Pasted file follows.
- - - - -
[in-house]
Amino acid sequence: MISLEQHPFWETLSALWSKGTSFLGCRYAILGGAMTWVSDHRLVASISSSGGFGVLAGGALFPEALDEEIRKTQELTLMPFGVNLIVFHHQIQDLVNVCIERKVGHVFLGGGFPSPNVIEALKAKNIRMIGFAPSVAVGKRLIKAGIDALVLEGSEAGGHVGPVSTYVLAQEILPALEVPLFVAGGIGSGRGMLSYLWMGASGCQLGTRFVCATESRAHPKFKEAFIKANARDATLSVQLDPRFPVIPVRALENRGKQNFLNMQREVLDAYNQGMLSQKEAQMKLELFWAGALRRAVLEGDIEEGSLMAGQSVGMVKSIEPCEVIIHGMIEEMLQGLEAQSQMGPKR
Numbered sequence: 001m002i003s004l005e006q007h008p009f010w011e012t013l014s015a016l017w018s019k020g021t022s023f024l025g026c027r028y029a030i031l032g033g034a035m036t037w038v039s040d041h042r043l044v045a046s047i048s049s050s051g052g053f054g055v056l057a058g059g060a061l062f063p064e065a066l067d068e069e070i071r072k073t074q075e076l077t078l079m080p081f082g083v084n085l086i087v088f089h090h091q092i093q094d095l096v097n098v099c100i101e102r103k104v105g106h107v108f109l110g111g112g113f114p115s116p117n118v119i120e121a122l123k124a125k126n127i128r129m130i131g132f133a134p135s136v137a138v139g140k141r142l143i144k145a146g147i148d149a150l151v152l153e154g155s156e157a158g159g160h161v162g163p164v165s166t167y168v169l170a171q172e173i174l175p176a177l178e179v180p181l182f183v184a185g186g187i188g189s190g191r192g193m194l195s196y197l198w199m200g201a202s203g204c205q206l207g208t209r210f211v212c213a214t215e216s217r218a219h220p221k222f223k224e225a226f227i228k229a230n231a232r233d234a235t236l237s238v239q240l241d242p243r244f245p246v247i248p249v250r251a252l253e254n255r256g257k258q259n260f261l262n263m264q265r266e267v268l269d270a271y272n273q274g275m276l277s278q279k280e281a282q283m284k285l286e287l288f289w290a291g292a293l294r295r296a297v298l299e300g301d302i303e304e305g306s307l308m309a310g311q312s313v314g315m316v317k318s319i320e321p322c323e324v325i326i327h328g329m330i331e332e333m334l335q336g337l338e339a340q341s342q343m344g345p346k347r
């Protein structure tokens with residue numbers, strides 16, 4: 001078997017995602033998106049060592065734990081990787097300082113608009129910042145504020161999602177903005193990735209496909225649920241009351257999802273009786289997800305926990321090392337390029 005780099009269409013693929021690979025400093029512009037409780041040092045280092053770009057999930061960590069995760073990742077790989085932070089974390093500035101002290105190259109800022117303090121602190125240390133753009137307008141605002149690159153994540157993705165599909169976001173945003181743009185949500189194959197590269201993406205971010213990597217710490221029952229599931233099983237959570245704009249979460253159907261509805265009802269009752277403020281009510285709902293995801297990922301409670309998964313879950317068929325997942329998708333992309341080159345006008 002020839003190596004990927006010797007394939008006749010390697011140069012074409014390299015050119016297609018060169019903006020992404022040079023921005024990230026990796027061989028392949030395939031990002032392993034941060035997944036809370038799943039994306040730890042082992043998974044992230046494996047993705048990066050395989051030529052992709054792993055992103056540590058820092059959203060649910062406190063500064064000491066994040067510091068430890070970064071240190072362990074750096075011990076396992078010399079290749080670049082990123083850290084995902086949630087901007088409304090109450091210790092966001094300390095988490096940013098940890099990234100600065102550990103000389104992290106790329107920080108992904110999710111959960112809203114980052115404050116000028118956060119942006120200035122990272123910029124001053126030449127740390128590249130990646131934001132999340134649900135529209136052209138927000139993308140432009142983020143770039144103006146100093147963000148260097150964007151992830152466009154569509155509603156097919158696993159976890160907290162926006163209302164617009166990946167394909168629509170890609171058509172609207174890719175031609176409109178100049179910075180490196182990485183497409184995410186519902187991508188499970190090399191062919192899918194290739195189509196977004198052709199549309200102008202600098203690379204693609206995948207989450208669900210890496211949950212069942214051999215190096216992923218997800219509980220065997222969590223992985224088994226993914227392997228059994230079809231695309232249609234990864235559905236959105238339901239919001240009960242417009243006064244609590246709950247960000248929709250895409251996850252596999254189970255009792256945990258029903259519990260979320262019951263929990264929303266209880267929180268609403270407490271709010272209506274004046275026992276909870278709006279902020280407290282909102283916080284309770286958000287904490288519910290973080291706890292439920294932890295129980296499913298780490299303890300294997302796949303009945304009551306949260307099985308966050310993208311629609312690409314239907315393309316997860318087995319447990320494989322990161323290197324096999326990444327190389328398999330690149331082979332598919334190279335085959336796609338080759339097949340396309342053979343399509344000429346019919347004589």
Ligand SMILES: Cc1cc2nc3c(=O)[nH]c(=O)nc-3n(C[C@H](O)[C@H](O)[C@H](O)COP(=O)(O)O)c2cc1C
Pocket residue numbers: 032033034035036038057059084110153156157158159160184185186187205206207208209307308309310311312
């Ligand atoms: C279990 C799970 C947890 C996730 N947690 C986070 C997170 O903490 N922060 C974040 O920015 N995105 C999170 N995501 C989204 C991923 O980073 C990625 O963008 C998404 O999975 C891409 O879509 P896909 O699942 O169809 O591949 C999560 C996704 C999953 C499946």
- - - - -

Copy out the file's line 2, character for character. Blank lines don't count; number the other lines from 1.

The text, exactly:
Amino acid sequence: MISLEQHPFWETLSALWSKGTSFLGCRYAILGGAMTWVSDHRLVASISSSGGFGVLAGGALFPEALDEEIRKTQELTLMPFGVNLIVFHHQIQDLVNVCIERKVGHVFLGGGFPSPNVIEALKAKNIRMIGFAPSVAVGKRLIKAGIDALVLEGSEAGGHVGPVSTYVLAQEILPALEVPLFVAGGIGSGRGMLSYLWMGASGCQLGTRFVCATESRAHPKFKEAFIKANARDATLSVQLDPRFPVIPVRALENRGKQNFLNMQREVLDAYNQGMLSQKEAQMKLELFWAGALRRAVLEGDIEEGSLMAGQSVGMVKSIEPCEVIIHGMIEEMLQGLEAQSQMGPKR